N

removing fish (the catchability) so that F = qE. We already know that MSY is rK/4, but essentially all other population sizes will produce sustainable harvests (Figure 6.4b): as long as the harvest equals the biological production, the stock size will remain the same and the harvest will be sustainable. This is most easily seen by considering the steady state of Eqs. (6.8) for which rN [1 -(N/K)] = qEN. This equation has the solution N = 0, which we reject because it corresponds to extinction of the stock or solutionN=K [1 -(qE/r)] . We conclude that the steady state yield is

Figure 6.4. (a) Atlantic cod, Gadus morhua, perhaps a poster-child for poor fishery management (Hutchings and Myers 1994, Myers et al. 1997a, b). (b) Steady state analysis of the Schaefer model. I have plotted the biological production rN (1 - (N/K)) and the harvest on the same graph. The point of intersection is steady state population size. (c) As either effort or catchability increases, the line y = qEN rotates counterclockwise and may ultimately lead to a steady state that is less than MNP, in which case the stock is considered to be overfished, in the sense that a larger stock size can lead to the same sustainable harvest. If qE is larger still, the only intersection point of the line and the parabola is the origin, in which case the stock can be fished to extinction.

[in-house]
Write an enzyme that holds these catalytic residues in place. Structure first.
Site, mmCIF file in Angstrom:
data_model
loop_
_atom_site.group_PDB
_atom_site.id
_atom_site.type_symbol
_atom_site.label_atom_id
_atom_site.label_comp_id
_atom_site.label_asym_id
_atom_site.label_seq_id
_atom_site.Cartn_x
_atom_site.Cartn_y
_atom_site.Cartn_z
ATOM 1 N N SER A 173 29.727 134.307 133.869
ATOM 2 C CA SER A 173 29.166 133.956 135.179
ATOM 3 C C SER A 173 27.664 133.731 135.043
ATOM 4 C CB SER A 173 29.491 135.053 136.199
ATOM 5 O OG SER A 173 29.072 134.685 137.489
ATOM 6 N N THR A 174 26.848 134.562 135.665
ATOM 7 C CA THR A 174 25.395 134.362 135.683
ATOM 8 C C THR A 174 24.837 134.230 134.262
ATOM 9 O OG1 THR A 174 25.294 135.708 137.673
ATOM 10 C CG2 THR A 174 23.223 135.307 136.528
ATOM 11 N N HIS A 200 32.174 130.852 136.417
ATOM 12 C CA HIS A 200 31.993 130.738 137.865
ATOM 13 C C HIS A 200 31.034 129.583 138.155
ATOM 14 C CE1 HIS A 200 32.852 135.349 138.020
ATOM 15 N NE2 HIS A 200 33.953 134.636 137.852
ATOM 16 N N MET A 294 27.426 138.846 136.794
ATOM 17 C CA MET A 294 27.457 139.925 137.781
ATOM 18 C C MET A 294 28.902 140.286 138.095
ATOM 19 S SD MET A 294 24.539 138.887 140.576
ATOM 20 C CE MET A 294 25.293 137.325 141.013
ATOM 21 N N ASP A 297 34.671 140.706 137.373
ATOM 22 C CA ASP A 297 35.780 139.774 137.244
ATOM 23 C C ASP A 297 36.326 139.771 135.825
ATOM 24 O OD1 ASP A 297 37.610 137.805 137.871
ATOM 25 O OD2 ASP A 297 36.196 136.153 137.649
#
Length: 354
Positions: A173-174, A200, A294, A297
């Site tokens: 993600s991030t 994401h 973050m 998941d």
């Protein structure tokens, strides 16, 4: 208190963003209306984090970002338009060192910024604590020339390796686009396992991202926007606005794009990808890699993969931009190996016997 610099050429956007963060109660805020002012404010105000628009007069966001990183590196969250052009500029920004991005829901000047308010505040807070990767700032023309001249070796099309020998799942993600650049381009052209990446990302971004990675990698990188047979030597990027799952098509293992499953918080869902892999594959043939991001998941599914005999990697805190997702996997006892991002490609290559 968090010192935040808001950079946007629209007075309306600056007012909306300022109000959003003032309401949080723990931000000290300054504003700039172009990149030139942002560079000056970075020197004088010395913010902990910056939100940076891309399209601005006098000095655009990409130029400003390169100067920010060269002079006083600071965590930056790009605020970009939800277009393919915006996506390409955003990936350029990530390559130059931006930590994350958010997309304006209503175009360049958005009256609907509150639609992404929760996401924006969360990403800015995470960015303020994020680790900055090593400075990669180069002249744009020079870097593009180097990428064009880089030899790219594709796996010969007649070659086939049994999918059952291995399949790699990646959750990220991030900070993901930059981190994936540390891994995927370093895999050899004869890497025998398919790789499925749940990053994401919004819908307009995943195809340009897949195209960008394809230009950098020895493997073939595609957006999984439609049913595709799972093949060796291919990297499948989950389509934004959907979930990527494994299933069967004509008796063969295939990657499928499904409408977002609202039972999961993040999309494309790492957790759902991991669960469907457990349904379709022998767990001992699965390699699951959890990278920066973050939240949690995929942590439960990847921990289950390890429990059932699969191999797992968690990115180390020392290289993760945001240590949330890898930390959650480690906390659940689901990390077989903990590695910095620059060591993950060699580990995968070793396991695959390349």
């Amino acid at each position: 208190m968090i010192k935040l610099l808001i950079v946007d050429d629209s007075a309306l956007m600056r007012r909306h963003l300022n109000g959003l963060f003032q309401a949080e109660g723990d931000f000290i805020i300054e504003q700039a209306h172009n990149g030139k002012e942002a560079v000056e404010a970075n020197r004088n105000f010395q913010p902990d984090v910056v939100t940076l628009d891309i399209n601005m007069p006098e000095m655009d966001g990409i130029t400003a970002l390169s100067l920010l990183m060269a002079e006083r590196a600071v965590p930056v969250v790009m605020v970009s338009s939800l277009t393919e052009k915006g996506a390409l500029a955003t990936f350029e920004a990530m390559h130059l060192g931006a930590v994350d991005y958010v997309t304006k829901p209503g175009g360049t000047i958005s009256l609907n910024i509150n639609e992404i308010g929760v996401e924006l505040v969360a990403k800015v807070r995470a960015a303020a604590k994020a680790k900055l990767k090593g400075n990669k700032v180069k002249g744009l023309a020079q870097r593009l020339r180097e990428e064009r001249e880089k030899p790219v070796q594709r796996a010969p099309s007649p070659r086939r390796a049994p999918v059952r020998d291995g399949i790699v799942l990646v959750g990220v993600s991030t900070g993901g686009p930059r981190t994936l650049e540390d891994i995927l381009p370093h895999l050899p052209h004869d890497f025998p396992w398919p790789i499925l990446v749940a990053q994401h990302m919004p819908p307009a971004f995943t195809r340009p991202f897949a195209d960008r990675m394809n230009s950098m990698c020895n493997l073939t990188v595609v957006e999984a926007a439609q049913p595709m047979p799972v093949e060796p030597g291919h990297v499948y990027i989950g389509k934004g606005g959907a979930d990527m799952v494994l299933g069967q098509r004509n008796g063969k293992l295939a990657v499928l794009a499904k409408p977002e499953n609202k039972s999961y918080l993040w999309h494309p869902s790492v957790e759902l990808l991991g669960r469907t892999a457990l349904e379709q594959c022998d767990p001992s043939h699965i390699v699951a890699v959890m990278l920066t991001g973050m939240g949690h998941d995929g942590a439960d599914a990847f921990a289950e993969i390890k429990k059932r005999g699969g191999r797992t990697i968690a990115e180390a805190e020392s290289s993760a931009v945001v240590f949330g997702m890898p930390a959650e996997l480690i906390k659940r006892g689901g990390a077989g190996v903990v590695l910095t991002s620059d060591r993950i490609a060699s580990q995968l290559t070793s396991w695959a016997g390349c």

which we recognize as another parabola (Figure 6.5) with maximum occurring at E* = r/2q.

Verify that, if E = E*, then the steady state yield is the MSY value we determined from consideration of the biological growth function (as it must be).

Furthermore, note from Eqs. (6.8) that catch is FN (=qEN), regardless of whether the stock is at steady state or not. Hence, in the Schaefer

Steady state yield qEK 1- f

Figure 6.5. The steady state yield Y = qEK[1 -(qE/r)] is a parabolic function of fishing effort E.

Steady state yield qEK 1- f

Figure 6.5. The steady state yield Y = qEK[1 -(qE/r)] is a parabolic function of fishing effort E.

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